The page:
Although I'm not sure we needed any more evidence that people tend to be followers with terrible judgment, researchers at UC Berkeley have provided it. Their study on perception of competence, recently published in the Journal of Personality and Social Psychology, and highlighted in a Time Magazine article, also suggests that your boss may be a moron.
Cameron Anderson,an associate professor of organizational behavior and industrial relations, and Ph.D student Gavin Kilduff gathered 68 grad students, put them in teams of four, and asked them to work on projects together. First, the students were asked to create an imaginary environmental non-profit, and the best one -- as determined by the researchers -- would receive a $400 prize. Then, groups were asked to solve math problems that had appeared on the Graduate Management Aptitude Test (GMAT).
The sessions were videotaped, and then group members, independent observers, and the researchers themselves evaluated the participants on how influential and competent they seemed. All came to the basically the same conclusions -- that people who took charge were smarter and more dependable. For the non-profit-building task, there was no way to check those assumptions. But the math problems task -- which had right and wrong answers -- revealed that oftentimes those who took charge had no idea how to solve the problem. Not only that, but many "leaders" reported lower scores than other group members on the math section of the SAT.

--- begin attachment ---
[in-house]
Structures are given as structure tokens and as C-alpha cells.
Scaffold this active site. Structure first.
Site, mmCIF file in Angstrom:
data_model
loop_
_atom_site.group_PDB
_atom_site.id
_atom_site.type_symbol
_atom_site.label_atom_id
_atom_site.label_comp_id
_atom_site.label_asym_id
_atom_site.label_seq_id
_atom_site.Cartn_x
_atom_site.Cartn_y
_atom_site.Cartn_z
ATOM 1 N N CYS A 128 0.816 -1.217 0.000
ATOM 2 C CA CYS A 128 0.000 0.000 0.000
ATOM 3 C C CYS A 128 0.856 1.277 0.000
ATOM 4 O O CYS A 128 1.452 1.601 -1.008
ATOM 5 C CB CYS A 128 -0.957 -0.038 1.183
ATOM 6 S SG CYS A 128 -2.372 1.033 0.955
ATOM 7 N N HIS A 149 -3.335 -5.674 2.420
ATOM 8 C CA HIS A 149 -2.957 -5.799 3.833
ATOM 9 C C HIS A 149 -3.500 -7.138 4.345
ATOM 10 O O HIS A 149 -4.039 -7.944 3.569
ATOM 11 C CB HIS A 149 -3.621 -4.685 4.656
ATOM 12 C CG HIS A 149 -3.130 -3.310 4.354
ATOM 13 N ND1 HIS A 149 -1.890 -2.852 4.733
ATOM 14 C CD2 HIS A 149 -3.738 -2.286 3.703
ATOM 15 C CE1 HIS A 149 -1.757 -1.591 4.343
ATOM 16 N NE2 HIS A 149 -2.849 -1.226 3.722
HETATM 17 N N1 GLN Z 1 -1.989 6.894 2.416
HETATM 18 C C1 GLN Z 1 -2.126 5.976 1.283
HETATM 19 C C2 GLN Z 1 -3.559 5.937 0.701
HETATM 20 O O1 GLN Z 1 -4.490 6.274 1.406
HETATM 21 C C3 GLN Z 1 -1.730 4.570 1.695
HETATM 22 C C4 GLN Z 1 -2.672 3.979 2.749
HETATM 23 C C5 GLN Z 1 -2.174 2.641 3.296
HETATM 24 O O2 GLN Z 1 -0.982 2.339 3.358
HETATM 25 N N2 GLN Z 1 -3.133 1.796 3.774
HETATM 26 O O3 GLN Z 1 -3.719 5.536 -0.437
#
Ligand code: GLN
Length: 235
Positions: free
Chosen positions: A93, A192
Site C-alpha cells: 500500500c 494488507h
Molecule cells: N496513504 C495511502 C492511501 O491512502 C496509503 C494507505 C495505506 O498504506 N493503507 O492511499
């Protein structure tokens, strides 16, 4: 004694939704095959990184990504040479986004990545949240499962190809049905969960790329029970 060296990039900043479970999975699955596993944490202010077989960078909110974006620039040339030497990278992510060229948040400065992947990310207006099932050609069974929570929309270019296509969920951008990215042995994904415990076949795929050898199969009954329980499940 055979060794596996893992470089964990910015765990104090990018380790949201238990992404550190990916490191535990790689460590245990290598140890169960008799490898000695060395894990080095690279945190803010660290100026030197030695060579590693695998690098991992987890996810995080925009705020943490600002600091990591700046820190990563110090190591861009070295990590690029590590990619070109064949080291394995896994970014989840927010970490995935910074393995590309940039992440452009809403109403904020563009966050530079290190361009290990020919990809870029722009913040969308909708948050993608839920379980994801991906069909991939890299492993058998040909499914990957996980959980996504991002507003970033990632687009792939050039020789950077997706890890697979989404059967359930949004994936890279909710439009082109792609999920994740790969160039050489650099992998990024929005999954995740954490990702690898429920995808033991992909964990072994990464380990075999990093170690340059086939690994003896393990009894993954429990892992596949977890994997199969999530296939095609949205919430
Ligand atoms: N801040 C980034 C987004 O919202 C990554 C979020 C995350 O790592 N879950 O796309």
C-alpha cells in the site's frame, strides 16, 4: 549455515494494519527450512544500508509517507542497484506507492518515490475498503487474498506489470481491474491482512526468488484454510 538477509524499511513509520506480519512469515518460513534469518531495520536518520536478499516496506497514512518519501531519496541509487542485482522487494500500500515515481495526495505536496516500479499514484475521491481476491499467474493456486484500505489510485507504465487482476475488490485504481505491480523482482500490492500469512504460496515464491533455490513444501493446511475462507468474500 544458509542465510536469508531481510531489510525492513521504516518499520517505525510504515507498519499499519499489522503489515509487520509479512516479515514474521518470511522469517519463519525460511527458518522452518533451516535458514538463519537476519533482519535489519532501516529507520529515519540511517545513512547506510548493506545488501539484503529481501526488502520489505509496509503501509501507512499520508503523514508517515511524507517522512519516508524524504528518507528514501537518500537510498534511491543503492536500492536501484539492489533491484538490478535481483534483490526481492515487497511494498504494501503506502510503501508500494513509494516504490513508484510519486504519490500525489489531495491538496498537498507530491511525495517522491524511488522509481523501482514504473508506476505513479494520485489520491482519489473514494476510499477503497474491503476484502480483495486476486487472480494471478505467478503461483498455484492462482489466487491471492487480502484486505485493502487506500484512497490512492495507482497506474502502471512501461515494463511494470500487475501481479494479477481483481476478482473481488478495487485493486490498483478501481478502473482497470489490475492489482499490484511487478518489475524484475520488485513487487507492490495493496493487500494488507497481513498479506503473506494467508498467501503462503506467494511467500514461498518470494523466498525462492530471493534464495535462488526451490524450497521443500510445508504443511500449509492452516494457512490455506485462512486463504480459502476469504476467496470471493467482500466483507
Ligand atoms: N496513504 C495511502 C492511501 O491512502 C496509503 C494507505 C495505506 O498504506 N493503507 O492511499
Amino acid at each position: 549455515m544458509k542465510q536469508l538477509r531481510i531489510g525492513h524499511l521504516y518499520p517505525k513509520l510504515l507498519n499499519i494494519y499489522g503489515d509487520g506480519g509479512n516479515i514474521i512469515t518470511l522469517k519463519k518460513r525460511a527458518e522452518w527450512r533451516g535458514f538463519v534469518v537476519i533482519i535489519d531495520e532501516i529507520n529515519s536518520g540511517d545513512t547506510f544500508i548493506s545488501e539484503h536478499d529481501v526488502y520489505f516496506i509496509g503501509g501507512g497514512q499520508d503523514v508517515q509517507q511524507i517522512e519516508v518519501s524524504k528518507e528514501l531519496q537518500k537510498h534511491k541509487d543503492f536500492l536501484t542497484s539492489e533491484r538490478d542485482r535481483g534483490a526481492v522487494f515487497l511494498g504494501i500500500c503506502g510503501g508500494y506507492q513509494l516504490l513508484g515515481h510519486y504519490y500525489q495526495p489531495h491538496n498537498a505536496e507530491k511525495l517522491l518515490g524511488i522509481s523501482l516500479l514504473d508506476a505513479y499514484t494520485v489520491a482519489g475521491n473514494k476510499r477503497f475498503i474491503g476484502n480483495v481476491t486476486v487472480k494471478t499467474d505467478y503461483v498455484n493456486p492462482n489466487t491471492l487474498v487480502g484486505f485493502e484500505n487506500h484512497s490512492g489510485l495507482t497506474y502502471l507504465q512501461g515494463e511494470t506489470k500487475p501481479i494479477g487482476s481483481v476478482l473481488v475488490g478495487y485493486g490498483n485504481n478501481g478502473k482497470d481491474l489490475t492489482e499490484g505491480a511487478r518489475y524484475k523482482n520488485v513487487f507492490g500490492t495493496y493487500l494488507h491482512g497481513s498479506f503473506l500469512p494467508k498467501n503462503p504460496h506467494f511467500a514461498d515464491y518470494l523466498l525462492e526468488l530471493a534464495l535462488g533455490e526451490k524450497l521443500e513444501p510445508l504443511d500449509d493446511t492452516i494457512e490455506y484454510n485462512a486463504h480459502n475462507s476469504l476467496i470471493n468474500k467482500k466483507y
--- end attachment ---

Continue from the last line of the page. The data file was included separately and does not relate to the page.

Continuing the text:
So how should you proceed with this new information? I'd recommend undermining your bosses whenever possible. Get this: At a recent SF Weekly staff meeting, a boss told us to stop blogging about dumb university studies.